If the soul is neither holy nor wicked, they go to purgatory until the soul is cleansed of any sin (through others praying to Mary on their behalf) before going to Heaven.

In the Catholic faith, Mary is the mediator between us and Jesus, as we pray to her, and she prays to Jesus for us.  

However, Scripture teaches two precious truths:
There is only one mediator between God and man, Jesus Christ! 1 Timothy 2:5
We are given access, through Christ’s precious blood, to boldly and directly enter His throne room of grace. (Hebrews 4:16)

When Jesus died on the cross for our sins, he tore the veil in the temple.
That veil separated the Holy of Holies, where the presence of God resided, from the rest of the temple. Only a priest could enter the Holy of Holies to intercede for forgiveness on the peoples’ behalf. If the priest entered in with sin in his life, he would be struck dead.  

But Jesus, who is the only sinless one,
came to earth to make God accessible to us through Himself.  

Jesus came to take the place of the priests as mediator.
He is our perfect mediator because He is the sinless, spotless Lamb of God.
Mary was a great woman, but being human means that we are sinful.
She was never intended to be the mediator between us and Jesus.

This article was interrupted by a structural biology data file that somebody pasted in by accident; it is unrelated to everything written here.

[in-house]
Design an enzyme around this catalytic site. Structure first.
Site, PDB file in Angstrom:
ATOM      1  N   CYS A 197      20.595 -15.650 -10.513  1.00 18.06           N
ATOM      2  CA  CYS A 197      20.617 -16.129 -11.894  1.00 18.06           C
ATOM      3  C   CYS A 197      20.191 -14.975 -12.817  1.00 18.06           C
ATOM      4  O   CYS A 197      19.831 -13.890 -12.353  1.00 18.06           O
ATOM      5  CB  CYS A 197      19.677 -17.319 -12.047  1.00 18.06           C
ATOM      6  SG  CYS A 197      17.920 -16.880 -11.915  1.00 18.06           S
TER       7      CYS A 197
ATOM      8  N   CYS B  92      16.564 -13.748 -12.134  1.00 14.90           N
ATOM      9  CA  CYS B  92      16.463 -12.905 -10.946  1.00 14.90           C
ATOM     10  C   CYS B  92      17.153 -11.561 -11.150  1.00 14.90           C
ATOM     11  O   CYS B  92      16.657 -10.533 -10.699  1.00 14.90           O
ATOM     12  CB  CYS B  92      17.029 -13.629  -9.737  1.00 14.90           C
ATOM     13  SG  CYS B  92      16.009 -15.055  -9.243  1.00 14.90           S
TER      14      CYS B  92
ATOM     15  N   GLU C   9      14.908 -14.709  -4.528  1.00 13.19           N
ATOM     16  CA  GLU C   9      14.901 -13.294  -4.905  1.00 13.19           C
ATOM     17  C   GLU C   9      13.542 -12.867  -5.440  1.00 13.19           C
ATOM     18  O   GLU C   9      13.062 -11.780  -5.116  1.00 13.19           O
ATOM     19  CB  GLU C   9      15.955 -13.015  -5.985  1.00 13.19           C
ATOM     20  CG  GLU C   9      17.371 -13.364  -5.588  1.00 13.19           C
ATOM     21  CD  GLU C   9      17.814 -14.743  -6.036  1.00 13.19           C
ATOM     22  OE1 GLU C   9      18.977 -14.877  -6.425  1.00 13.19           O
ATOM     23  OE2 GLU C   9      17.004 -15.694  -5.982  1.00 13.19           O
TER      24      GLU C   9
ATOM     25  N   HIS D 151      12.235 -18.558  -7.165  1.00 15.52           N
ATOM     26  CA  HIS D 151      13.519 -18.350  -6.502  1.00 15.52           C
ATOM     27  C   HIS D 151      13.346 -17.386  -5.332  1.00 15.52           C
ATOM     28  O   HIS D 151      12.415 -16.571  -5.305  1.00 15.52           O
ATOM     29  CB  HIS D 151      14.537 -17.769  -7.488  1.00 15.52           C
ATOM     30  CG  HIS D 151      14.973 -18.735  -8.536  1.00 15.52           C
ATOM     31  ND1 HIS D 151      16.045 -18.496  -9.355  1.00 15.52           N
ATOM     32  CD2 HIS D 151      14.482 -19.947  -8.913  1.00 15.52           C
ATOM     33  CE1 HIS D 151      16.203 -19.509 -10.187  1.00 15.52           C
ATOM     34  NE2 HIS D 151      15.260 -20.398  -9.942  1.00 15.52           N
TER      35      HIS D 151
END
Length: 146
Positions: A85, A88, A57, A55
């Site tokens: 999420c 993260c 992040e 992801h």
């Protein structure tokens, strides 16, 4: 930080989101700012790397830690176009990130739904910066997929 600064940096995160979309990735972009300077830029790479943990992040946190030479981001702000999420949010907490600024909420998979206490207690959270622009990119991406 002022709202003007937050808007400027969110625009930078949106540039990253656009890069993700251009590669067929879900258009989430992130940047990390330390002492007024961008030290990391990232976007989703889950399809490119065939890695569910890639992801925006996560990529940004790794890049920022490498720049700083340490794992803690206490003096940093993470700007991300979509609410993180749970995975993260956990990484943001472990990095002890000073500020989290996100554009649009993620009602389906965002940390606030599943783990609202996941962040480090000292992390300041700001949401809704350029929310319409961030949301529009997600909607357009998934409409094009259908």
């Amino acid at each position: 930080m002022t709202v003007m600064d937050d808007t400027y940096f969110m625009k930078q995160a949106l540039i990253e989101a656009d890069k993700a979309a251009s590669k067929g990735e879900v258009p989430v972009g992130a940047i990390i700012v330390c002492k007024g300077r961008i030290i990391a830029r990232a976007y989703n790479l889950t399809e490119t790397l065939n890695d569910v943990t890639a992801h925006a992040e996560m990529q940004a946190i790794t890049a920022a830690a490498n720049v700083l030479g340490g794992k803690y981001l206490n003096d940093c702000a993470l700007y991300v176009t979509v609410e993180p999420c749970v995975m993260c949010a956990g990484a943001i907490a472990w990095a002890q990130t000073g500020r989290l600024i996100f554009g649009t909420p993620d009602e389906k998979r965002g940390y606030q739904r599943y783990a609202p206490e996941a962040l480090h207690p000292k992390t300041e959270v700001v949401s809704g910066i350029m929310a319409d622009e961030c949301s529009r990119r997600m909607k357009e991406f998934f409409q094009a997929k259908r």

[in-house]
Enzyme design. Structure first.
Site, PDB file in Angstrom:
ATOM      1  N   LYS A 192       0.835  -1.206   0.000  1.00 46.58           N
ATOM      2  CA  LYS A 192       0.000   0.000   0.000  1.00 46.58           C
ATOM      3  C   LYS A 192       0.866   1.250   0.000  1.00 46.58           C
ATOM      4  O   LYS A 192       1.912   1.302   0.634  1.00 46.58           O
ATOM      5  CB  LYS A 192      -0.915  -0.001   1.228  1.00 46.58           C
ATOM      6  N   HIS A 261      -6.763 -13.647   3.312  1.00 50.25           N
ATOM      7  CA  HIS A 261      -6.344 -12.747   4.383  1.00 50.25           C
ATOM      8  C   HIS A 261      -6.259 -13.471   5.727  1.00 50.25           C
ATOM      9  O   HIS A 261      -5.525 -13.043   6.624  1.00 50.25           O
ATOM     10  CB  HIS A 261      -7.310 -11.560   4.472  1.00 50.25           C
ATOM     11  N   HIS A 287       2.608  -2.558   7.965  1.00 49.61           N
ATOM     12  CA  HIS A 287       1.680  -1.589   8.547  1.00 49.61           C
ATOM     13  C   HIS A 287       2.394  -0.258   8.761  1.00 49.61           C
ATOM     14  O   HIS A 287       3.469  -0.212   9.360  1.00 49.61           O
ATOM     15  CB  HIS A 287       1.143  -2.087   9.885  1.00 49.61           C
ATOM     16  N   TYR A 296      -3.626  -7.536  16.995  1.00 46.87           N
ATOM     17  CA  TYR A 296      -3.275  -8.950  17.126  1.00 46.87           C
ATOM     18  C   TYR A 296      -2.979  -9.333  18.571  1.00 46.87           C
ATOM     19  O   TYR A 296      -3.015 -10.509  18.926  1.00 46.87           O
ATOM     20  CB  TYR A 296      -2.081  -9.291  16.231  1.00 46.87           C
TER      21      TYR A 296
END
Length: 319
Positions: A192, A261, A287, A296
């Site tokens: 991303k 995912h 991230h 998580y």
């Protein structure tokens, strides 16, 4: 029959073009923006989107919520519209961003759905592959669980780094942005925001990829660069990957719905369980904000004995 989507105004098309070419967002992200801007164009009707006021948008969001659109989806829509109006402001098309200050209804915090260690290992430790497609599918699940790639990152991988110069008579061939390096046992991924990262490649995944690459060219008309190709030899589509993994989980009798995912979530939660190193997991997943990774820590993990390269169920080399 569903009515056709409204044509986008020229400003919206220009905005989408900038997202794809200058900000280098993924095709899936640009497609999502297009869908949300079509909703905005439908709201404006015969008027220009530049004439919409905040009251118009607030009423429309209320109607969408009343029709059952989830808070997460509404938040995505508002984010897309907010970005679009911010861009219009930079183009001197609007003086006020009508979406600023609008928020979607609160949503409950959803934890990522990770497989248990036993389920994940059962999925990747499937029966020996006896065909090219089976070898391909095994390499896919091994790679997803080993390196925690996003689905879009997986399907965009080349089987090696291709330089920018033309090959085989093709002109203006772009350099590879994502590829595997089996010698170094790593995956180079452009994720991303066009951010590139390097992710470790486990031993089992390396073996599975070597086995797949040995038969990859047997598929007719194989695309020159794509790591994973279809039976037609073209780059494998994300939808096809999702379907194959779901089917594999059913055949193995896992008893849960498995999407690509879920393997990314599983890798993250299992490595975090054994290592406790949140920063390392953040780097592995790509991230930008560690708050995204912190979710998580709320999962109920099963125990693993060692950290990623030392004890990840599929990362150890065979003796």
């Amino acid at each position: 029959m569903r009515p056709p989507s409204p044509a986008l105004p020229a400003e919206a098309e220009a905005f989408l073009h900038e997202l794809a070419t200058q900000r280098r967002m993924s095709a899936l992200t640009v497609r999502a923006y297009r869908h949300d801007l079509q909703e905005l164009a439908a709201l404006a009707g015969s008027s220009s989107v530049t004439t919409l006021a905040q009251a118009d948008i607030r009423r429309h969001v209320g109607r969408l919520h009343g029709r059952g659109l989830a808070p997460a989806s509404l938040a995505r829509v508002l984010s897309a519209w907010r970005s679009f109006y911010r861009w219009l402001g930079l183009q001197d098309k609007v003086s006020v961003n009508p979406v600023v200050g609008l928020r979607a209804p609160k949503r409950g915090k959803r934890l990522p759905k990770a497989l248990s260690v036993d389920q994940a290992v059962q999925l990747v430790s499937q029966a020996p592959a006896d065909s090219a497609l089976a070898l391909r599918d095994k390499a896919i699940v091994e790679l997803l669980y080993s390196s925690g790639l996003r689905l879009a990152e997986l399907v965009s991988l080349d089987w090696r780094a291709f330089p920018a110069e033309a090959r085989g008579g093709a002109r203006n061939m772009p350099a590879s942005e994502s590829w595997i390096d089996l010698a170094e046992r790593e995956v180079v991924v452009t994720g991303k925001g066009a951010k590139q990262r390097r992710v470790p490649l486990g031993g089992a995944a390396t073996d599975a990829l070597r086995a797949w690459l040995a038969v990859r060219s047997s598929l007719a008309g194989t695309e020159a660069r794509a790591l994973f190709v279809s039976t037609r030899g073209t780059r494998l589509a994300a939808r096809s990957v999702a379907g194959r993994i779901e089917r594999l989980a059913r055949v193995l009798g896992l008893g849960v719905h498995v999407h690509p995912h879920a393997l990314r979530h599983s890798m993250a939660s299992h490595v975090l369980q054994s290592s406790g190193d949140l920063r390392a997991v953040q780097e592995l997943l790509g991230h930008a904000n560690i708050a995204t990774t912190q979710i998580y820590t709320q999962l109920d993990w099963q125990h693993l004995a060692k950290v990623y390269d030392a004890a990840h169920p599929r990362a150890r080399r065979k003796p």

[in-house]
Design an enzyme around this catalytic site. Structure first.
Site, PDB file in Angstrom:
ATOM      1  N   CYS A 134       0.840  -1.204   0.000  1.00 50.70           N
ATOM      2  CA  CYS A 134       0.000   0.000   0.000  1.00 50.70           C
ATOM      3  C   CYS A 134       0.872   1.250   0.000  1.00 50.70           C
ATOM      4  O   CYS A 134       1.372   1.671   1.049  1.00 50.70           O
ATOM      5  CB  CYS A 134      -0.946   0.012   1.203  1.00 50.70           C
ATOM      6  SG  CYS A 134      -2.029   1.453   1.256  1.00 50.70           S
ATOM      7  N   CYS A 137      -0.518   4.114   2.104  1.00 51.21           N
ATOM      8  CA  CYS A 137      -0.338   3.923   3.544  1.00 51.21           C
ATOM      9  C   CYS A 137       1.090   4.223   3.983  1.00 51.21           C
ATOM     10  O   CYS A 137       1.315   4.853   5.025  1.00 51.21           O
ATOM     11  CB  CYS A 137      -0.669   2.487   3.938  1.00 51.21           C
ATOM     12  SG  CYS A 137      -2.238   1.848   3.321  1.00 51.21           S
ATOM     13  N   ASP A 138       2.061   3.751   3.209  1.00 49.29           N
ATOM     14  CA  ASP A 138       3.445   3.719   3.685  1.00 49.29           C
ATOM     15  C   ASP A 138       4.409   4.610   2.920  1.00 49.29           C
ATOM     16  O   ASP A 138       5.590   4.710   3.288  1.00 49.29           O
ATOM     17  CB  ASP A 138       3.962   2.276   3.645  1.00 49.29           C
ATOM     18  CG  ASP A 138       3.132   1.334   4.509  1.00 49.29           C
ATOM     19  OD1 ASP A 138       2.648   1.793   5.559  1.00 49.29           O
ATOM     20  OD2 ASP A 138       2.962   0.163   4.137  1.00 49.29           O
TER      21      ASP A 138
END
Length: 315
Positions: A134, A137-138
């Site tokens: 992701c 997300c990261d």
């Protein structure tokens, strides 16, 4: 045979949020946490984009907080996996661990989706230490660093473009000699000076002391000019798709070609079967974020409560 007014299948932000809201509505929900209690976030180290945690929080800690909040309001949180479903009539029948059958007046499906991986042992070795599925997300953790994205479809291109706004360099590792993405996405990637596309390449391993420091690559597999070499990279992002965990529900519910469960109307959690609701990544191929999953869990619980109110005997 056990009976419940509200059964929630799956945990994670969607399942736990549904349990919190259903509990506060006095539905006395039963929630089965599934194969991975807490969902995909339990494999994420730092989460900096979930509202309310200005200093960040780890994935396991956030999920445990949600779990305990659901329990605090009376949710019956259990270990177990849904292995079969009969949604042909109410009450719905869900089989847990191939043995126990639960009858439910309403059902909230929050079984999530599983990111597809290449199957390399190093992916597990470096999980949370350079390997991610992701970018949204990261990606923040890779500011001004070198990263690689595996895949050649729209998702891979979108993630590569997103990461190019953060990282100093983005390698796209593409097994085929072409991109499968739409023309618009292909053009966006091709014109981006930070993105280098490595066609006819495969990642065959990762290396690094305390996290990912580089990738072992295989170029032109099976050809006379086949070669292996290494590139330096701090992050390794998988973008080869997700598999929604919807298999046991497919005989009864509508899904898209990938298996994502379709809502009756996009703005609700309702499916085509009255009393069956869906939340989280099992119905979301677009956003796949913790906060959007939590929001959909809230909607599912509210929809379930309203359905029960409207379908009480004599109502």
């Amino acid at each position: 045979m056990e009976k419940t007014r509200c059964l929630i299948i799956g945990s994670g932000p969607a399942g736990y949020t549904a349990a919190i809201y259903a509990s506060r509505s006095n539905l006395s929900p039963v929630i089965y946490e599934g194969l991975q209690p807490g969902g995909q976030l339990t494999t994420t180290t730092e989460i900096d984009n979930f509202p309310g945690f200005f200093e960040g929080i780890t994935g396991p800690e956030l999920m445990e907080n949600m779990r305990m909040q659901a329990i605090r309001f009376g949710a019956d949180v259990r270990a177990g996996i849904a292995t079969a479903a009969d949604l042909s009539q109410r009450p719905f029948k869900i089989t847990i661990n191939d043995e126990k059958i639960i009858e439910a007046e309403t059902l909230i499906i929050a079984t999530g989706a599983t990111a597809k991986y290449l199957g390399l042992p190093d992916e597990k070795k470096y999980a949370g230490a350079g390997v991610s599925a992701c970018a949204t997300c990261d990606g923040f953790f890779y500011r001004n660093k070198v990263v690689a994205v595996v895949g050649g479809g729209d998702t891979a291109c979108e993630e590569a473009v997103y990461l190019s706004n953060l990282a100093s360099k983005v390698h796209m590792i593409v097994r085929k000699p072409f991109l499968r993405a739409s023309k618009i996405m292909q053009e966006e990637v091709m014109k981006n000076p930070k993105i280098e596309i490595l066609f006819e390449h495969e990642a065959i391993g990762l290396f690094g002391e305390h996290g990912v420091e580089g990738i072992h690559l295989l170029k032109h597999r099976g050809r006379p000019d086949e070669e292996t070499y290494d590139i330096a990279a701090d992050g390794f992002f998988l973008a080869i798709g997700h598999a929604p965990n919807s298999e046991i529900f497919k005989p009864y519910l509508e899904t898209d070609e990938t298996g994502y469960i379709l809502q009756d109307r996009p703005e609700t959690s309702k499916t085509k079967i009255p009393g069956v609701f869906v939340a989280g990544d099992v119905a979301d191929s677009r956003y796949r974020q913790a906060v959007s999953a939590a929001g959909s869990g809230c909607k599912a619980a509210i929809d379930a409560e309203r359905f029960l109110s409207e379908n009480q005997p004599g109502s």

The Gospel
The gospel says Jesus’ shed blood and resurrection plus our acceptance equals salvation. Romans 10:9-10 

But Catholicism says the gospel plus work equals potential salvation.  

For all of the good, solid doctrine Christianity shares with Catholicism,
when we start adding things to the gospel, it’s no longer the gospel.  

Good Enough?
If we’re honest, it’s a question we’ve all asked ourselves.
It’s one I’ve been asking myself a lot lately.

Good enough to go to Heaven?
Good enough to bypass purgatory?
Good enough for God’s forgiveness?  

If we’re honest, it’s a question we’ve all asked ourselves.
It’s one I’ve been asking myself a lot lately.  

In truth, Sisters, we can trust that neither are we good enough, nor do we need to be!

Because our God is more than good enough. 
It’s not by baptism that our “original sin” is removed.
It’s not by attending mass without missing.
It’s not by confessing sins to a priest, or any other requirement.
Salvation is found, and forgiveness atoned for, by confessing with our mouth that Jesus Christ is Lord. (Romans 10:9)

Our eternity is secure.
Nothing can ever snatch us from His hand once we’ve crossed the line of salvation for ourselves. (John 10:28)

The full gospel, nothing more, nothing less, is solid enough to hold our souls for eternity.
Jesus + Nothing = Everything!
Have you trusted Him?!

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Anonymous
Anonymous
5 years ago

Great post! Thanks for sharing your thoughts and doing the hard work to research deeper.

Rebecca Adams
Admin
5 years ago
Reply to  Anonymous

Thanks for reading, friend!

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baptism,believe,Catholic faith,definitions,differences,forgiveness,God,Heaven,Jesus,life,Return,Sin,works